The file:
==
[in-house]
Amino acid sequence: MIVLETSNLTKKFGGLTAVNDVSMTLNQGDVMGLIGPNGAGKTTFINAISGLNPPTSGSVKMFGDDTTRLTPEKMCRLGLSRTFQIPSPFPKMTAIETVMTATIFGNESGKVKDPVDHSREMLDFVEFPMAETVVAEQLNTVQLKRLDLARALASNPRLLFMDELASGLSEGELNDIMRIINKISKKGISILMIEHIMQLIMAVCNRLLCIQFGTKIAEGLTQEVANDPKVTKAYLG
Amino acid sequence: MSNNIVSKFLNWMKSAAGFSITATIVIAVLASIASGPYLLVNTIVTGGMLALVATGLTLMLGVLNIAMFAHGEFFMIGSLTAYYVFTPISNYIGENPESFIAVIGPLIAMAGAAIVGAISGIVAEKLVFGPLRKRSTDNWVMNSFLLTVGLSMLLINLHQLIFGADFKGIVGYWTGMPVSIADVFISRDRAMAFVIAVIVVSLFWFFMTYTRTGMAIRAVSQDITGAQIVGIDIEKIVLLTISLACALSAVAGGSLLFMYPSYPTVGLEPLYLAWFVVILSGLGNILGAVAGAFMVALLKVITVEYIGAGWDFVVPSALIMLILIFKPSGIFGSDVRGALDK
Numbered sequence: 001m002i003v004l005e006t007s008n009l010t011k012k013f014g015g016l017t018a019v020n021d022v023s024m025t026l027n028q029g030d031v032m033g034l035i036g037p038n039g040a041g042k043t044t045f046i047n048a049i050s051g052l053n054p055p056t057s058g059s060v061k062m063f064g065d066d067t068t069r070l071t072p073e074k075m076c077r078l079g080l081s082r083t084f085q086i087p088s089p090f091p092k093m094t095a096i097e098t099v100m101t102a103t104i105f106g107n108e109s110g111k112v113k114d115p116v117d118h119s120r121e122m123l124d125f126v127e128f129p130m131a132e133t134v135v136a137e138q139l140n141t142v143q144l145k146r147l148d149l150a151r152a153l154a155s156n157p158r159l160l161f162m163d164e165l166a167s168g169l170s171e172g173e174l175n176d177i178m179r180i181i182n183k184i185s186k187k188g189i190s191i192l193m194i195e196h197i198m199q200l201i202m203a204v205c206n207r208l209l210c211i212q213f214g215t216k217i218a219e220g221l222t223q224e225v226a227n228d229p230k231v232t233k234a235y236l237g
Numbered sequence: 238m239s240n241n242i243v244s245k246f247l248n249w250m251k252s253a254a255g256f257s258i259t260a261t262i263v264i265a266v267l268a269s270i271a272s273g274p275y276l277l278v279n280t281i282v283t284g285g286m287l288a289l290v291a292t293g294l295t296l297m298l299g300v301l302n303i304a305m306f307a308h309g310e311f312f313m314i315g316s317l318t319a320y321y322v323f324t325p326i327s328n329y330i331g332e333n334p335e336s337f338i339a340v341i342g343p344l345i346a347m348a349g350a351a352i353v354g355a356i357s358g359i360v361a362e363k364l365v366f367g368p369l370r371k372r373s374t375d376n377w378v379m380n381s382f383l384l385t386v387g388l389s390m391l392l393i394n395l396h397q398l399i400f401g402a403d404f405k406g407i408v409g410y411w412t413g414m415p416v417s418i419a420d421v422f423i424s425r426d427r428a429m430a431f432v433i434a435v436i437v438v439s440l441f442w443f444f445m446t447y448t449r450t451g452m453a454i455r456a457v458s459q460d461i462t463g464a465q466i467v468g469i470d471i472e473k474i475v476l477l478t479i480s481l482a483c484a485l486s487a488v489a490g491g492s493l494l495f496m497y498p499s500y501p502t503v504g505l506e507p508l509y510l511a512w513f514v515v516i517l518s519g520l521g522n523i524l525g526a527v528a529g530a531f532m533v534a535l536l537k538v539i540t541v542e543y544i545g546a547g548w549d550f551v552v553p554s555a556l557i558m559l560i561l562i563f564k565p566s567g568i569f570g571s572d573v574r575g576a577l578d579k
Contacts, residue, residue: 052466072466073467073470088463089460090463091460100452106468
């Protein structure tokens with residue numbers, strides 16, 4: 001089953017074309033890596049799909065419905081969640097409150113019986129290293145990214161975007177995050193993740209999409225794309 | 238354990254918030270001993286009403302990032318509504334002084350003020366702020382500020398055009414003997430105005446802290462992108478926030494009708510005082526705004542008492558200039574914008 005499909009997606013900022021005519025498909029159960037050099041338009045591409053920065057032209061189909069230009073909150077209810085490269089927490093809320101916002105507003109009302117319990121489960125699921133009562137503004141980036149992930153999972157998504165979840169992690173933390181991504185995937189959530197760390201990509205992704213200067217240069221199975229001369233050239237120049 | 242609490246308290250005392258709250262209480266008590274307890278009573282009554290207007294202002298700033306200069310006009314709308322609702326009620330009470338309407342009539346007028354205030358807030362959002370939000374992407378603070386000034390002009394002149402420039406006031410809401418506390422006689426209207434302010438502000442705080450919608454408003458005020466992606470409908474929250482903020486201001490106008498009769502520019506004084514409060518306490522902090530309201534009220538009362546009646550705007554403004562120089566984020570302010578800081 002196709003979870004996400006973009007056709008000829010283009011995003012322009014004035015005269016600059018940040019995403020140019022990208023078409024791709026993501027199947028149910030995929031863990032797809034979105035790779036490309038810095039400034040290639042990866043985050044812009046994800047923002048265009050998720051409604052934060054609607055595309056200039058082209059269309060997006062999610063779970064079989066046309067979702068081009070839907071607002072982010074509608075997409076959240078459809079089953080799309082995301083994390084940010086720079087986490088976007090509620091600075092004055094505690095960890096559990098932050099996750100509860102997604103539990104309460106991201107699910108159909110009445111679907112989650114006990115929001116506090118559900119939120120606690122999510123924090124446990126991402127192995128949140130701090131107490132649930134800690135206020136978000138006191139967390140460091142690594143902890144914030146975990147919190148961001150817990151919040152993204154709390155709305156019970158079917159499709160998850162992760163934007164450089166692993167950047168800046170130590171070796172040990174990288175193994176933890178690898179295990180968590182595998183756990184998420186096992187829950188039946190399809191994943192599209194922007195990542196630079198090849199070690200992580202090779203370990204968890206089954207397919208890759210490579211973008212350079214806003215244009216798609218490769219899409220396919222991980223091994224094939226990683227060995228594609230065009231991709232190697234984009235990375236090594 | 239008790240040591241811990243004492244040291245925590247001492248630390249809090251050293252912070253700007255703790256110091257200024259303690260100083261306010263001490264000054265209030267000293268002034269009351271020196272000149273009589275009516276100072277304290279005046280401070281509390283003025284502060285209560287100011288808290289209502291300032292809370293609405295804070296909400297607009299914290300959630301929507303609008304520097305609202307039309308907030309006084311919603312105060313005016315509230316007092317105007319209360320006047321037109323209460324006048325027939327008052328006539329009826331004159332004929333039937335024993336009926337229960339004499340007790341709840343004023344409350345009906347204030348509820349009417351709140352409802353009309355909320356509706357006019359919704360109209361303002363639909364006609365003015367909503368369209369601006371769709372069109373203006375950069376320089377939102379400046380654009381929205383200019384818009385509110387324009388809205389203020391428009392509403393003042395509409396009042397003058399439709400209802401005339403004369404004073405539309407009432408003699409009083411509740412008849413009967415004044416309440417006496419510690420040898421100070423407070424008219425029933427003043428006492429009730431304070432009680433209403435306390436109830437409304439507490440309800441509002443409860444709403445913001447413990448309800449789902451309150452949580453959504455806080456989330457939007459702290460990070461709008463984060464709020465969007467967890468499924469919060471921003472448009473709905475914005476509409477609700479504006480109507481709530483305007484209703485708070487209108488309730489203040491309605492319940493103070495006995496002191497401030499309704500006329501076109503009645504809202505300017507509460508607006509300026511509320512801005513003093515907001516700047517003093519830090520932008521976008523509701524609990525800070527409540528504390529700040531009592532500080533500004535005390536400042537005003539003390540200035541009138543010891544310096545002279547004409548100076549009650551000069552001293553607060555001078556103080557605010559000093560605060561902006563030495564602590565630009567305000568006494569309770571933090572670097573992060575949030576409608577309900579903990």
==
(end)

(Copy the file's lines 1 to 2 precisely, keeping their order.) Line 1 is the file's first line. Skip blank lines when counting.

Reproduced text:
[in-house]
Amino acid sequence: MIVLETSNLTKKFGGLTAVNDVSMTLNQGDVMGLIGPNGAGKTTFINAISGLNPPTSGSVKMFGDDTTRLTPEKMCRLGLSRTFQIPSPFPKMTAIETVMTATIFGNESGKVKDPVDHSREMLDFVEFPMAETVVAEQLNTVQLKRLDLARALASNPRLLFMDELASGLSEGELNDIMRIINKISKKGISILMIEHIMQLIMAVCNRLLCIQFGTKIAEGLTQEVANDPKVTKAYLG